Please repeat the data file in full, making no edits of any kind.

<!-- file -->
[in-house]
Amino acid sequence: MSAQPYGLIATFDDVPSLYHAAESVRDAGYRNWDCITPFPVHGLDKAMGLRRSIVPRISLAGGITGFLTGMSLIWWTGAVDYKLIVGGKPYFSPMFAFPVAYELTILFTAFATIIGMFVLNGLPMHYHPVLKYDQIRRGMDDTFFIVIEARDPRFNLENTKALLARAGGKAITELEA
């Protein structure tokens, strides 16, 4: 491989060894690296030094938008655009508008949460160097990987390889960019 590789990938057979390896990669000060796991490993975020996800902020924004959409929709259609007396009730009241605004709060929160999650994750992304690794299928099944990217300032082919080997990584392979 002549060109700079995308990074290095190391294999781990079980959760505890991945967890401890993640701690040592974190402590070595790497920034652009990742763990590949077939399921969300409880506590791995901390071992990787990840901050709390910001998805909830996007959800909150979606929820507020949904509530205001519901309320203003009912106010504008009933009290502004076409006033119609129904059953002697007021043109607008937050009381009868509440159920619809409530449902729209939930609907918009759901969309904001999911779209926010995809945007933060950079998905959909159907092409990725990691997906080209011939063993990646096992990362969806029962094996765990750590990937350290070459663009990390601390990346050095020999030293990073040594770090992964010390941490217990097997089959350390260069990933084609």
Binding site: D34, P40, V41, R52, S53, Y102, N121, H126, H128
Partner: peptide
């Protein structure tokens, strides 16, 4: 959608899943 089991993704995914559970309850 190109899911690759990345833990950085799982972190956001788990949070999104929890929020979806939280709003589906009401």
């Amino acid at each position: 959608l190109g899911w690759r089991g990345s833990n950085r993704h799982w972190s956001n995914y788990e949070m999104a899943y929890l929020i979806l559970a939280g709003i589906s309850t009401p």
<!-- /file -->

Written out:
[in-house]
Amino acid sequence: MSAQPYGLIATFDDVPSLYHAAESVRDAGYRNWDCITPFPVHGLDKAMGLRRSIVPRISLAGGITGFLTGMSLIWWTGAVDYKLIVGGKPYFSPMFAFPVAYELTILFTAFATIIGMFVLNGLPMHYHPVLKYDQIRRGMDDTFFIVIEARDPRFNLENTKALLARAGGKAITELEA
């Protein structure tokens, strides 16, 4: 491989060894690296030094938008655009508008949460160097990987390889960019 590789990938057979390896990669000060796991490993975020996800902020924004959409929709259609007396009730009241605004709060929160999650994750992304690794299928099944990217300032082919080997990584392979 002549060109700079995308990074290095190391294999781990079980959760505890991945967890401890993640701690040592974190402590070595790497920034652009990742763990590949077939399921969300409880506590791995901390071992990787990840901050709390910001998805909830996007959800909150979606929820507020949904509530205001519901309320203003009912106010504008009933009290502004076409006033119609129904059953002697007021043109607008937050009381009868509440159920619809409530449902729209939930609907918009759901969309904001999911779209926010995809945007933060950079998905959909159907092409990725990691997906080209011939063993990646096992990362969806029962094996765990750590990937350290070459663009990390601390990346050095020999030293990073040594770090992964010390941490217990097997089959350390260069990933084609």
Binding site: D34, P40, V41, R52, S53, Y102, N121, H126, H128
Partner: peptide
């Protein structure tokens, strides 16, 4: 959608899943 089991993704995914559970309850 190109899911690759990345833990950085799982972190956001788990949070999104929890929020979806939280709003589906009401």
């Amino acid at each position: 959608l190109g899911w690759r089991g990345s833990n950085r993704h799982w972190s956001n995914y788990e949070m999104a899943y929890l929020i979806l559970a939280g709003i589906s309850t009401p």